Vanderbilt is planning a special Hall of Fame weekend for September 12-13. A series of events will unfold over those two days, capped by the Induction Banquet Friday evening, September 12 and the Class of 2008 being presented at halftime of Saturday's Rice football game. VUcommodores.com will spotlight one inductee per day leading up to the Hall of Fame weekend.
When sports fans consider the most dynamic leaders in collegiate athletics over the last quarter decade of the 20th Century, one name is almost certain to be on everyone's list: Roy Kramer.
Primarily for that reason, the Vanderbilt Director of Athletics from 1978-1990 was chosen for the inaugural induction class in the newly formed Vanderbilt Athletics Hall of Fame.
"This is very special to me," says Kramer, now retired and living in his native East Tennessee. "It's special because of the long and historic tradition of the University, not only in academics but also athletics. It is the school of the great Dan McGugin, the school with a tradition of basketball excellence, the home of the consummate student-athlete."
Kramer had been a national championship football coach at Central Michigan before arriving in Nashville three decades ago this month. It wasn't long until Commodore fans realized they had found a unique leader.
"When Sara Jo (his wife) and I think of Vanderbilt, we think about the people," Kramer says. "We were fortunate to have a tremendous group of people to work with and not just in the athletic department but across the campus as well. There was a feeling of warmth, a positive spirit and a sense of pride that simply made being a part of the University a special experience."
Kramer spear-headed the campaign to rebuild Vanderbilt Stadium on the same turf that Dudley Field had occupied since 1922. The feat was remarkable in that it was done in-between the 1981 and 1982 football seasons and the gleaming new facility and Kramer-hired coaching staff had Nashville buzzing.
"When I think back on all the good things that happened when we were in Nashville, the dedication of the stadium in 1982 stands out," Kramer recalls. "It was truly an entire community's project. It was a perfect night for football, a full moon above, a full house in the stands and it didn't hurt that we beat a good Maryland football team. So many people helped make that happen, that's why it was so special."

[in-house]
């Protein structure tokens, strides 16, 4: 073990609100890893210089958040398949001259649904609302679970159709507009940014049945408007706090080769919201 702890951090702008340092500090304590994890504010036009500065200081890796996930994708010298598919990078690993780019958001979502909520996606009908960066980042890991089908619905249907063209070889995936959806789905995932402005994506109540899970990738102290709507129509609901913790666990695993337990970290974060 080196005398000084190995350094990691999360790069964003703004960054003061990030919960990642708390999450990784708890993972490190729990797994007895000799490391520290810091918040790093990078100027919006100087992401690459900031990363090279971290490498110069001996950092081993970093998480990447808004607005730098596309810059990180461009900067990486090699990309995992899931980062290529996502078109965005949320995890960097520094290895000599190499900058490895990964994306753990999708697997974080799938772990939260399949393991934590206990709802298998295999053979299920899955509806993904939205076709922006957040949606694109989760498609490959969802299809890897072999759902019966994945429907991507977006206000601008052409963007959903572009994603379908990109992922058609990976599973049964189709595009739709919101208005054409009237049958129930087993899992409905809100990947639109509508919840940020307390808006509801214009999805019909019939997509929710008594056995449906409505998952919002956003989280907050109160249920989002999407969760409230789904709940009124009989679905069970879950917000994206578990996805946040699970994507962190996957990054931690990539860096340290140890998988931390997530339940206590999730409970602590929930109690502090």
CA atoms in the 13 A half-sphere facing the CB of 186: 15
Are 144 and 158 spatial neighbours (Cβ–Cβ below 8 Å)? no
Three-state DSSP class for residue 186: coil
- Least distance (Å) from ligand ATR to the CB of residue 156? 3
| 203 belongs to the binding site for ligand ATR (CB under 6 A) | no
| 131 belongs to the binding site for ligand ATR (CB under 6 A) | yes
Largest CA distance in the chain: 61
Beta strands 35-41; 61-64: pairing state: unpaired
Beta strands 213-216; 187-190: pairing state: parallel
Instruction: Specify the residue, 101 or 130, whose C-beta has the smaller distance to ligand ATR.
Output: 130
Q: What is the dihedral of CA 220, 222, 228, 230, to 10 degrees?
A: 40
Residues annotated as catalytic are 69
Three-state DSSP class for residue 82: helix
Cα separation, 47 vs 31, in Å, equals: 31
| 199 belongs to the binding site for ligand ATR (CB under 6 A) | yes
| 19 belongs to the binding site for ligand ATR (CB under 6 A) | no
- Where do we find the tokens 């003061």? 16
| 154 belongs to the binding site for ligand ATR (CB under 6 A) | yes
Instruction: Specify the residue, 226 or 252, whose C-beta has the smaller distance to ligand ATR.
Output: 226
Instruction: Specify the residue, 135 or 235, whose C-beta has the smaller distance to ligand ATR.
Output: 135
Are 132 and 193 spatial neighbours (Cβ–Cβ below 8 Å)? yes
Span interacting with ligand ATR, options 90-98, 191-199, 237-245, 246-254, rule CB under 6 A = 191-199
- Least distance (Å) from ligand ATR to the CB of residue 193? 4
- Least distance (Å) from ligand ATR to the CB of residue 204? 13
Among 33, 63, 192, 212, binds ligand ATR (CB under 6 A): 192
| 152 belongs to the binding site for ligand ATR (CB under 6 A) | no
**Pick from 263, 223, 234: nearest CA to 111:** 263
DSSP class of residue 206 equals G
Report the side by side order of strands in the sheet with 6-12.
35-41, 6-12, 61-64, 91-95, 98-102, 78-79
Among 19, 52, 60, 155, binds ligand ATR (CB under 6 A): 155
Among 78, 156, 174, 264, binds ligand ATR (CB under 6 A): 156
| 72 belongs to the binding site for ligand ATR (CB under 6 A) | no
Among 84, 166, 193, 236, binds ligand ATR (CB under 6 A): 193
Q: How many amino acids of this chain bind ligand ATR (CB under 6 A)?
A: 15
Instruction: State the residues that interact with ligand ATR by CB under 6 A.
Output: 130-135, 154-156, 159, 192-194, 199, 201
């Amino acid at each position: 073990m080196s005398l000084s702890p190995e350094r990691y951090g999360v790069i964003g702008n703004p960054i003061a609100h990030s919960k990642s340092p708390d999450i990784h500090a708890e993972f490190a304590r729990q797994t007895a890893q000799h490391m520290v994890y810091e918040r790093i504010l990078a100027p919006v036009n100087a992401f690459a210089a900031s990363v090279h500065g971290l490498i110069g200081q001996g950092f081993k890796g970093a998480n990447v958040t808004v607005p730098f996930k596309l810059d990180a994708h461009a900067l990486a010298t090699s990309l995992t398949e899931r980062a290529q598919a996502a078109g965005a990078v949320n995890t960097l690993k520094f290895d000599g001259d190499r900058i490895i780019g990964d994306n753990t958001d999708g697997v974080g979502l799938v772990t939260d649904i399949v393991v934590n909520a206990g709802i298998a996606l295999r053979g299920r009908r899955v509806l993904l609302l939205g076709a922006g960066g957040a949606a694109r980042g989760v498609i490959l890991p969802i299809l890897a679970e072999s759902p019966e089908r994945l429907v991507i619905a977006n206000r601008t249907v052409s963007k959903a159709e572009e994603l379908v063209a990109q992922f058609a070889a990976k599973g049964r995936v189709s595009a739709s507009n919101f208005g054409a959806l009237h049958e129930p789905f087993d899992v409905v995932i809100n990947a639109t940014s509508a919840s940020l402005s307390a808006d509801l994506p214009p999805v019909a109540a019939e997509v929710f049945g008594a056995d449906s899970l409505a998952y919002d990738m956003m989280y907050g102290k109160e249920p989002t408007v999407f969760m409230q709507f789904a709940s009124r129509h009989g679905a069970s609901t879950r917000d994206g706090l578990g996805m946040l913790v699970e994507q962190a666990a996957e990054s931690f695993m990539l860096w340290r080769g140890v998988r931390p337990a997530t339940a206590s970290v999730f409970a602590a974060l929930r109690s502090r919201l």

Kramer moved on to become Commissioner of the Southeastern Conference, where he quickly became a national leader as he steered the SEC into innovative and leadership positions.
He expanded the league into 12 member schools, devised division play that produced a unique and profitable championship football game, was one of the founders of the Bowl Championship Series and brokered the most lucrative network television packages to that point.
That body of work earned him the frequently used moniker of "the most powerful man in college athletics", a title that Kramer says he never quite understood.
"I don't know where that expression originated," he admits, "and I certainly never felt that way. Intercollegiate athletics is a composite of hundreds of people and I was just one. It was a time of great change in college athletics for sure but I was no czar sitting in a room making changes."
Roy and Sara Jo now enjoy life beside a picturesque lake where he has a boat and likes to fish, golf and simply absorb the beauty of the Smokey Mountains.
"I've found out that just because you have more time to play golf doesn't mean you get any better at it!" he quips.
The Kramer's have three children and a considerable portion of their time is dedicated to enjoying them and their grandchildren.
Son Steve is a partner in the old Kramer family law firm of Kramer and Reisen in Knoxville. Steve has three children including a daughter that graduated from Vanderbilt after working part-time in the athletic media relations office.
Daughter Sara Gray lives in Knoxville where she works at the University of Tennessee. Another daughter, Jane, is married and lives with her husband on a Michigan dairy farm.